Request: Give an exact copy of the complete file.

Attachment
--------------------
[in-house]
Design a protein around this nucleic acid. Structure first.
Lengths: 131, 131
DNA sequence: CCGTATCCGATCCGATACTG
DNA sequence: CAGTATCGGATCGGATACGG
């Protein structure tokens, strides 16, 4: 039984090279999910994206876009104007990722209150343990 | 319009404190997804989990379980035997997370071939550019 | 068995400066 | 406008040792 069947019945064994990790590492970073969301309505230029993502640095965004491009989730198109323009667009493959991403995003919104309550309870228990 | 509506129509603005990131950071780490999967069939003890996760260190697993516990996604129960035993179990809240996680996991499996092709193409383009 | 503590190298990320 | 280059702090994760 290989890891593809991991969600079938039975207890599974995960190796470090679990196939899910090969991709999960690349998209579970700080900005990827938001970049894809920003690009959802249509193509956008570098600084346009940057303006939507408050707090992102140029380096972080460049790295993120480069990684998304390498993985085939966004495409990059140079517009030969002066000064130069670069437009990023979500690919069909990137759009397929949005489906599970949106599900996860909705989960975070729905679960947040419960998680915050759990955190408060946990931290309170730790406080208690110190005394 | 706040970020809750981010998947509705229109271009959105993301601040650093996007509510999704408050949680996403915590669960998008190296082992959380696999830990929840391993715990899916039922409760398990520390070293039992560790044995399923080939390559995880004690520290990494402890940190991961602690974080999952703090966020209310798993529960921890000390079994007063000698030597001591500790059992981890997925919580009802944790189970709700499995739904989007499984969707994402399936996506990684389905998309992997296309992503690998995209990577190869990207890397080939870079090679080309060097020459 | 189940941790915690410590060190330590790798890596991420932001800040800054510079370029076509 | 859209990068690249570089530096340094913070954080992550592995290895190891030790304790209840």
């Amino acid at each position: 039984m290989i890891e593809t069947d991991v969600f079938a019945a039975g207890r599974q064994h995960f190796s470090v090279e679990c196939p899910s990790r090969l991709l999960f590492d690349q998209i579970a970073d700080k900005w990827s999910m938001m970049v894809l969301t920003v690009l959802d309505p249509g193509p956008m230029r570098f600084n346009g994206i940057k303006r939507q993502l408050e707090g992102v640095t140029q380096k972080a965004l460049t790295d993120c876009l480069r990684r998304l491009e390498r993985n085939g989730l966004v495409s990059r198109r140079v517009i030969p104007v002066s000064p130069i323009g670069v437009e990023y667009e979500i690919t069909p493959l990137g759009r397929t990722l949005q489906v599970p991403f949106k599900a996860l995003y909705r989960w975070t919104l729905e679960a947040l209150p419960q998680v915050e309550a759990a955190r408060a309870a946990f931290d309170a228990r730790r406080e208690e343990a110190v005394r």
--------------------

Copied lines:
[in-house]
Design a protein around this nucleic acid. Structure first.
Lengths: 131, 131
DNA sequence: CCGTATCCGATCCGATACTG
DNA sequence: CAGTATCGGATCGGATACGG
């Protein structure tokens, strides 16, 4: 039984090279999910994206876009104007990722209150343990 | 319009404190997804989990379980035997997370071939550019 | 068995400066 | 406008040792 069947019945064994990790590492970073969301309505230029993502640095965004491009989730198109323009667009493959991403995003919104309550309870228990 | 509506129509603005990131950071780490999967069939003890996760260190697993516990996604129960035993179990809240996680996991499996092709193409383009 | 503590190298990320 | 280059702090994760 290989890891593809991991969600079938039975207890599974995960190796470090679990196939899910090969991709999960690349998209579970700080900005990827938001970049894809920003690009959802249509193509956008570098600084346009940057303006939507408050707090992102140029380096972080460049790295993120480069990684998304390498993985085939966004495409990059140079517009030969002066000064130069670069437009990023979500690919069909990137759009397929949005489906599970949106599900996860909705989960975070729905679960947040419960998680915050759990955190408060946990931290309170730790406080208690110190005394 | 706040970020809750981010998947509705229109271009959105993301601040650093996007509510999704408050949680996403915590669960998008190296082992959380696999830990929840391993715990899916039922409760398990520390070293039992560790044995399923080939390559995880004690520290990494402890940190991961602690974080999952703090966020209310798993529960921890000390079994007063000698030597001591500790059992981890997925919580009802944790189970709700499995739904989007499984969707994402399936996506990684389905998309992997296309992503690998995209990577190869990207890397080939870079090679080309060097020459 | 189940941790915690410590060190330590790798890596991420932001800040800054510079370029076509 | 859209990068690249570089530096340094913070954080992550592995290895190891030790304790209840």
């Amino acid at each position: 039984m290989i890891e593809t069947d991991v969600f079938a019945a039975g207890r599974q064994h995960f190796s470090v090279e679990c196939p899910s990790r090969l991709l999960f590492d690349q998209i579970a970073d700080k900005w990827s999910m938001m970049v894809l969301t920003v690009l959802d309505p249509g193509p956008m230029r570098f600084n346009g994206i940057k303006r939507q993502l408050e707090g992102v640095t140029q380096k972080a965004l460049t790295d993120c876009l480069r990684r998304l491009e390498r993985n085939g989730l966004v495409s990059r198109r140079v517009i030969p104007v002066s000064p130069i323009g670069v437009e990023y667009e979500i690919t069909p493959l990137g759009r397929t990722l949005q489906v599970p991403f949106k599900a996860l995003y909705r989960w975070t919104l729905e679960a947040l209150p419960q998680v915050e309550a759990a955190r408060a309870a946990f931290d309170a228990r730790r406080e208690e343990a110190v005394r």